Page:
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How the US Nuclear Fleet Keeps the Lights On During Extreme Weather and Cyberattacks

How the US Nuclear Fleet Keeps the Lights On During Extreme Weather and Cyberattacks - Featured Image - Certrec

The United States has one of the largest nuclear power fleets in the world, with nearly 95 reactors providing about 20% of the nation’s electricity. But operating these complex facilities comes with major challenges, especially as extreme weather events become more frequent and cyber threats grow. Here’s how the US nuclear fleet keeps power flowing during the toughest conditions.

Extreme Weather Resilience

Parts of the US frequently experience extreme weather such as hurricanes, tornadoes, floods, and winter storms. For example, the largest navy base in the US, Naval Station Norfolk in Virginia, routinely deals with flooding and hurricane damage. Yet through it all, the nuclear reactors in these regions continue running safely and reliably. Nuclear plants are designed to withstand extreme wind speeds, storm surges, and rainfall.

Hardened Infrastructure Withstands Severe Weather

Nuclear plants are equipped with multiple layers of safety features, creating redundancy that ensures there are multiple protective barriers between potential hazards and the US extreme weather. Critical equipment is housed in robust concrete structures, and sites have extensive flood barriers and waterproofing. Furthermore, nuclear reactors use cooling systems that can function even without electricity. Many plants utilize “gravity-driven cooling” systems that operate without the need for external power sources.

Take for example the Waterford nuclear station in Louisiana. In 2021, Category 4 Hurricane Ida slammed the plant with over 150 mph winds and an 8-foot storm surge. The reactor automatically shut down safely before the storm hit and switched to backup diesel generators when external power was disrupted. Despite the intense hurricane, the plant sustained only minor damage. Within a couple of weeks, Waterford was back up and running, helping restore power to over 1 million homes that lost electricity in Louisiana. Its resilience highlights why the US relies on its nuclear power fleet during natural disasters.

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The Growing Threat of Cyberattacks to Critical Infrastructure

The US nuclear fleet is also resilient to cyberattacks, which have become an increasingly significant threat to critical infrastructure in the US and worldwide. In 2020, the US Energy Department confirmed that it was hit by a sophisticated cyberattack that compromised several federal agencies and private sector companies. The cyberattack in the US did not affect the security of the US nuclear weapons arsenal or the operations of the nuclear power plants. However, many of the famous cyberattacks have made it a top priority for the US nuclear industry to have robust protection against emerging threats.

Isolating Nuclear Power Plants: The Role of SCADA Systems

Nuclear power plants protect themselves from cyberattacks using specialized hardware and software, not connected to the internet or other networks. These systems are known as Supervisory Control and Data Acquisition (SCADA) systems, and they monitor and control the physical processes of nuclear reactors.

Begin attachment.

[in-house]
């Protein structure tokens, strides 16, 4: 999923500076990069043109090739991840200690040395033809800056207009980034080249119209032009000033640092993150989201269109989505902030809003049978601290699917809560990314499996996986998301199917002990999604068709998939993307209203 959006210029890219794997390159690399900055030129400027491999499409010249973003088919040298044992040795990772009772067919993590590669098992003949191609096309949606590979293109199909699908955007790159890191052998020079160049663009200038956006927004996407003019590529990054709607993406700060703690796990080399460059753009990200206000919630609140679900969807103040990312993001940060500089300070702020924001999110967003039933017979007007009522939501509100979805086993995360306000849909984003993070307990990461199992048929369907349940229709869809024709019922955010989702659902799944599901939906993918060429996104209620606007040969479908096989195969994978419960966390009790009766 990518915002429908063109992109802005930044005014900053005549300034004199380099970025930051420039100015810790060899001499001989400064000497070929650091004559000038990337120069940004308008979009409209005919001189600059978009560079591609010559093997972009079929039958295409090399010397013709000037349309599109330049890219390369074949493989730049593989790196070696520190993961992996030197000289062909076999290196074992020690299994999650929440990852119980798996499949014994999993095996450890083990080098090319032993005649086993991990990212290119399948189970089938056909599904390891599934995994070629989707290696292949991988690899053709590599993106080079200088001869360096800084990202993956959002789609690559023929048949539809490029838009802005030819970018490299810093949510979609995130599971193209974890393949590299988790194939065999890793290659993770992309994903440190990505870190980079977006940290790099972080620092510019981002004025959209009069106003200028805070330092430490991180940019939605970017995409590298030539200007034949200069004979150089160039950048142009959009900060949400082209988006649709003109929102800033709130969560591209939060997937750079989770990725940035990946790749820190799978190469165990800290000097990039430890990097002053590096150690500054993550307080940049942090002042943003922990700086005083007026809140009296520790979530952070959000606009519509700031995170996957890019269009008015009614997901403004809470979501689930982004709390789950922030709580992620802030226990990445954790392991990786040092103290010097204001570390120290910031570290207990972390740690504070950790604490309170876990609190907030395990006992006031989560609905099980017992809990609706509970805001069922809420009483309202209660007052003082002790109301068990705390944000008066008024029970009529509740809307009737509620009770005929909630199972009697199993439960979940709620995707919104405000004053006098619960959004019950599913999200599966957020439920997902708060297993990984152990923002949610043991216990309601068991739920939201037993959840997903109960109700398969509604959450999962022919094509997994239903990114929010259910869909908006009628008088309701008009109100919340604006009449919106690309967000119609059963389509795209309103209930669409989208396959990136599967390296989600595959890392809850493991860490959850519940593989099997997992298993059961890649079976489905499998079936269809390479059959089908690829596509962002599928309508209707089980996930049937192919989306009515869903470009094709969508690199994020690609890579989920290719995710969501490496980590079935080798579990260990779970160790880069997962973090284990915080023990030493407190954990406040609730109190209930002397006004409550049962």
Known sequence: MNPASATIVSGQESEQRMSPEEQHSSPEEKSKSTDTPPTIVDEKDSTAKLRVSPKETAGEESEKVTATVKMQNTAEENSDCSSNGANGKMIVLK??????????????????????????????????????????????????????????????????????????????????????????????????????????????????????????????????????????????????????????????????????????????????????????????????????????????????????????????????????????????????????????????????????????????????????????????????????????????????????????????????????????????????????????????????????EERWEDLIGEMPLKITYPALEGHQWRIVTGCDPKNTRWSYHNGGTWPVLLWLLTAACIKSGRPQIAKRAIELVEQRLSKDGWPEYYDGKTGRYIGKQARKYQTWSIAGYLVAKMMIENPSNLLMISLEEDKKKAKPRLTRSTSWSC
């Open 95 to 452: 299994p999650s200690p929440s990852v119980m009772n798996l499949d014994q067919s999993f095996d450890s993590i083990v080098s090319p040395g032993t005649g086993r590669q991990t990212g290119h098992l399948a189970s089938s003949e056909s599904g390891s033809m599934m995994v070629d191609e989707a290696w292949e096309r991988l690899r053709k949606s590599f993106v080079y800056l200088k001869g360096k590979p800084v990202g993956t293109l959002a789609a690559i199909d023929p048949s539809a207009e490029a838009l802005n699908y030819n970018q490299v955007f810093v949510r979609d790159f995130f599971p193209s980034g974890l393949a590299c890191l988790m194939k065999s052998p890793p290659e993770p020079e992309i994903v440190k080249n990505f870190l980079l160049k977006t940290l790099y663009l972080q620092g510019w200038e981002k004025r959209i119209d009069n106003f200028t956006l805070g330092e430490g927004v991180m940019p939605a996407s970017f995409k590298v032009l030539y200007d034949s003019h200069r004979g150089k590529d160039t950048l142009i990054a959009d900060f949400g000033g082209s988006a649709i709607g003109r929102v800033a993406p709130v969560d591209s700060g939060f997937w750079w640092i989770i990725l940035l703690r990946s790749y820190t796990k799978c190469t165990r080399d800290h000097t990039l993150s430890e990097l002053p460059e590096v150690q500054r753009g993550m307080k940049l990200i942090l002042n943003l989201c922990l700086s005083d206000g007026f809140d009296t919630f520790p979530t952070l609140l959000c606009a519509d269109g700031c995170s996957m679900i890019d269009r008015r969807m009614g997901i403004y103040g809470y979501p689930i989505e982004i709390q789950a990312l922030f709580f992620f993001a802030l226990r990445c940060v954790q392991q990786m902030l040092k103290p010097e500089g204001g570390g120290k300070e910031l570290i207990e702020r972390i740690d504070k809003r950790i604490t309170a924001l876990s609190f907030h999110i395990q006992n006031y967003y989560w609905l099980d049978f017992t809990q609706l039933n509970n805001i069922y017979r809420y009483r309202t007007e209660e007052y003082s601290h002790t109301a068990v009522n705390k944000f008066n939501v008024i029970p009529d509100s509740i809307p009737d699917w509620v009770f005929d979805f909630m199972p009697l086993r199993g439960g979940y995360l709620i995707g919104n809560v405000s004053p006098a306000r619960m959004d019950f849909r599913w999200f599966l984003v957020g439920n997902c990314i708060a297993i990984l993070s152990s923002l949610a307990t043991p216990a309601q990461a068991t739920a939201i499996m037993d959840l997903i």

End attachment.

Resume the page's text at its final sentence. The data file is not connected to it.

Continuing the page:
Regulatory Framework for Nuclear Cybersecurity

Another way that the US nuclear fleet enhances its cybersecurity is by conducting regular cybersecurity assessments and audits of its systems and practices. The Nuclear Regulatory Commission (NRC) requires nuclear power plant operators to comply with specific cybersecurity regulations and standards, such as 10 CFR Part 73.54 and NEI 08-09. These regulations and standards specify the cybersecurity controls and requirements for nuclear power plants, such as identifying critical digital assets, implementing defense-in-depth strategies, reporting cyber incidents, and performing cybersecurity monitoring.

Collaborative Efforts: The Nuclear Sector Coordinating Council (NSCC)

Nuclear power plant operators also participate in voluntary initiatives and programs to improve their cybersecurity posture. For example, the Nuclear Sector Coordinating Council (NSCC) is a partnership between the nuclear industry and the government that facilitates information sharing, best practices, and joint exercises on cybersecurity issues. It also collaborates with other critical infrastructure sectors, such as electricity, water, and transportation, to enhance cross-sector coordination and resilience.

The United States faces growing challenges from extreme weather and cyber risks. However, thanks to the nuclear industry’s robust designs, redundancies, and cybersecurity, nuclear reactors remain one of the nation’s most reliable energy sources come rain or shine. Careful engineering and preparedness help the US nuclear fleet continue delivering carbon-free electricity even in the most challenging circumstances.

Disclaimer: Any opinions expressed in this blog do not necessarily reflect the opinions of Certrec. This content is meant for informational purposes only.